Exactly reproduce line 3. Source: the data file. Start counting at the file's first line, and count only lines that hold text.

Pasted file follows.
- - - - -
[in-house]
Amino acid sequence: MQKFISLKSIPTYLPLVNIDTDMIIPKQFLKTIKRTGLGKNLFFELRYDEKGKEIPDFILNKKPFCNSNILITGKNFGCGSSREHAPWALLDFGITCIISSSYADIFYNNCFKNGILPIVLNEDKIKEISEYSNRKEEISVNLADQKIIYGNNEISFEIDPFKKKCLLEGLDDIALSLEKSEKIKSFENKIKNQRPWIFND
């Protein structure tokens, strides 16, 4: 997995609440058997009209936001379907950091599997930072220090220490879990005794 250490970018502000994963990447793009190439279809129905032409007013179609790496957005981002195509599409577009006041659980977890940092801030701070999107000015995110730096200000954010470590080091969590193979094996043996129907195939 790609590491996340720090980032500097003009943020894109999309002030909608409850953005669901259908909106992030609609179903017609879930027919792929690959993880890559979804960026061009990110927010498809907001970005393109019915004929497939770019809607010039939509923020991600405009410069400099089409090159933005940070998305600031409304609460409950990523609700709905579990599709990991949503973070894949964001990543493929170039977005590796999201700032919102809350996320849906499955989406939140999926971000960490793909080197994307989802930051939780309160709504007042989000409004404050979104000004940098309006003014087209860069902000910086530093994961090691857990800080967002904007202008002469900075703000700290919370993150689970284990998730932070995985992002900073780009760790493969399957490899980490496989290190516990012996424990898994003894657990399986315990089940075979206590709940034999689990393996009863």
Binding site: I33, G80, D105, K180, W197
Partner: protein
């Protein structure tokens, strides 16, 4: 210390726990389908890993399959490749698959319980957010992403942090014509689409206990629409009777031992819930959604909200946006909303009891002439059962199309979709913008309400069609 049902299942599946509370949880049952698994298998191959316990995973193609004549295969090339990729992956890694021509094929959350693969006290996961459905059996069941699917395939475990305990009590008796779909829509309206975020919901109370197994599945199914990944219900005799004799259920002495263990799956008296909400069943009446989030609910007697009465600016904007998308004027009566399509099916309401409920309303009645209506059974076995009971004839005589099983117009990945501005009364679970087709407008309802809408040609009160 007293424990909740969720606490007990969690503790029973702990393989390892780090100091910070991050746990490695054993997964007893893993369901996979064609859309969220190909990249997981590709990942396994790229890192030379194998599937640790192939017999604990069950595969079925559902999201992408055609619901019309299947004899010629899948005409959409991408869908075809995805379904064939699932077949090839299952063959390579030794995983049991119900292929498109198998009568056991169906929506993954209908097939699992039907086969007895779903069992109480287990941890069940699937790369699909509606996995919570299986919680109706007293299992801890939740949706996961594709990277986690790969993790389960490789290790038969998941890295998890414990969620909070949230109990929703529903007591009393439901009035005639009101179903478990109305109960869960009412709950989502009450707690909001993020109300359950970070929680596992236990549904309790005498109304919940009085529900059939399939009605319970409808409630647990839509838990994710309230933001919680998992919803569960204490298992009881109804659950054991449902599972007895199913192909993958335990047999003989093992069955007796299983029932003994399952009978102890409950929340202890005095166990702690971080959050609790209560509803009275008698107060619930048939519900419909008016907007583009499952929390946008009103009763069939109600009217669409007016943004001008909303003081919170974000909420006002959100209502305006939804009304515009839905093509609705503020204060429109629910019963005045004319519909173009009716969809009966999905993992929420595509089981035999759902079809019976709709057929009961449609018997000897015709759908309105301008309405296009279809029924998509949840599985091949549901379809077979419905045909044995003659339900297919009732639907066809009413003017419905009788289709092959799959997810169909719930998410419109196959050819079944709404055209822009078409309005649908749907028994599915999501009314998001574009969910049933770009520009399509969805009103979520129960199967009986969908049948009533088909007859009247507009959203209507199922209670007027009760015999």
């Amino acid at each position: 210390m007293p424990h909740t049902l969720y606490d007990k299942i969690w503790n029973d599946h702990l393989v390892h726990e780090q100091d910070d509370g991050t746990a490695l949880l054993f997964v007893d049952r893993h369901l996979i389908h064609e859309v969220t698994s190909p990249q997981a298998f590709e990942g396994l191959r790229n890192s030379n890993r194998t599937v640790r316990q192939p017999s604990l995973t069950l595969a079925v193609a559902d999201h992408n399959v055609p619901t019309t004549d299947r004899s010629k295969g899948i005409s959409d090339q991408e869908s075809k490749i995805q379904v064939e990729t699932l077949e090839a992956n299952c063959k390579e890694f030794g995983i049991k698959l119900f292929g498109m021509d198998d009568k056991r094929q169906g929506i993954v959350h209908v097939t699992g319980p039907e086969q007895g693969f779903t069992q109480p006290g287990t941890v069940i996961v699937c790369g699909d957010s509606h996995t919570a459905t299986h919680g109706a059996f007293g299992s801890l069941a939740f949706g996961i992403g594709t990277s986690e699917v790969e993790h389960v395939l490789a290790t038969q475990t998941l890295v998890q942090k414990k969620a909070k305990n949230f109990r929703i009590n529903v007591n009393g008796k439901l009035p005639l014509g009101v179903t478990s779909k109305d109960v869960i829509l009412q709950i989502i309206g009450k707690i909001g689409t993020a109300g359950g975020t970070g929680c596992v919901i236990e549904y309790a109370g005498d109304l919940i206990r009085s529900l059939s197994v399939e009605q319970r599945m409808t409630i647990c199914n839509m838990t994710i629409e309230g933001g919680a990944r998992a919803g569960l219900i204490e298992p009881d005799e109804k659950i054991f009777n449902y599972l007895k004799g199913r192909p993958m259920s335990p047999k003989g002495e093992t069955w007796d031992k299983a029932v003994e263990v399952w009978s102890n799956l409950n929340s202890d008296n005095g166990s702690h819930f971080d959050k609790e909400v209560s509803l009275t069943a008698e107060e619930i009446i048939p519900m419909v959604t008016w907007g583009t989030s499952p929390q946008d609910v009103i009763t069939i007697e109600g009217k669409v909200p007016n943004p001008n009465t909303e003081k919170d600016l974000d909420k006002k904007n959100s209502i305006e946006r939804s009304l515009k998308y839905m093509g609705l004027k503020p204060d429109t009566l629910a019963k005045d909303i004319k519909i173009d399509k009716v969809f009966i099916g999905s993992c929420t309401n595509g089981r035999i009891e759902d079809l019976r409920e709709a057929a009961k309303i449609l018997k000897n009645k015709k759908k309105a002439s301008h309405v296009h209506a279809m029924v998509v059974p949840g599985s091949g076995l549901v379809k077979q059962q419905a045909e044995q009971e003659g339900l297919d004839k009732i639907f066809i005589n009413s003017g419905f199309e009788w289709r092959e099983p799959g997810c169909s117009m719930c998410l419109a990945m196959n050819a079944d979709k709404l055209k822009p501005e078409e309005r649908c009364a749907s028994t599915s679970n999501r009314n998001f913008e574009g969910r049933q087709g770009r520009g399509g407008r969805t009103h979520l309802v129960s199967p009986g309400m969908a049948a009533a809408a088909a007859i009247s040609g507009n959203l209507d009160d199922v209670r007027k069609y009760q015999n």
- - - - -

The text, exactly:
């Protein structure tokens, strides 16, 4: 997995609440058997009209936001379907950091599997930072220090220490879990005794 250490970018502000994963990447793009190439279809129905032409007013179609790496957005981002195509599409577009006041659980977890940092801030701070999107000015995110730096200000954010470590080091969590193979094996043996129907195939 790609590491996340720090980032500097003009943020894109999309002030909608409850953005669901259908909106992030609609179903017609879930027919792929690959993880890559979804960026061009990110927010498809907001970005393109019915004929497939770019809607010039939509923020991600405009410069400099089409090159933005940070998305600031409304609460409950990523609700709905579990599709990991949503973070894949964001990543493929170039977005590796999201700032919102809350996320849906499955989406939140999926971000960490793909080197994307989802930051939780309160709504007042989000409004404050979104000004940098309006003014087209860069902000910086530093994961090691857990800080967002904007202008002469900075703000700290919370993150689970284990998730932070995985992002900073780009760790493969399957490899980490496989290190516990012996424990898994003894657990399986315990089940075979206590709940034999689990393996009863």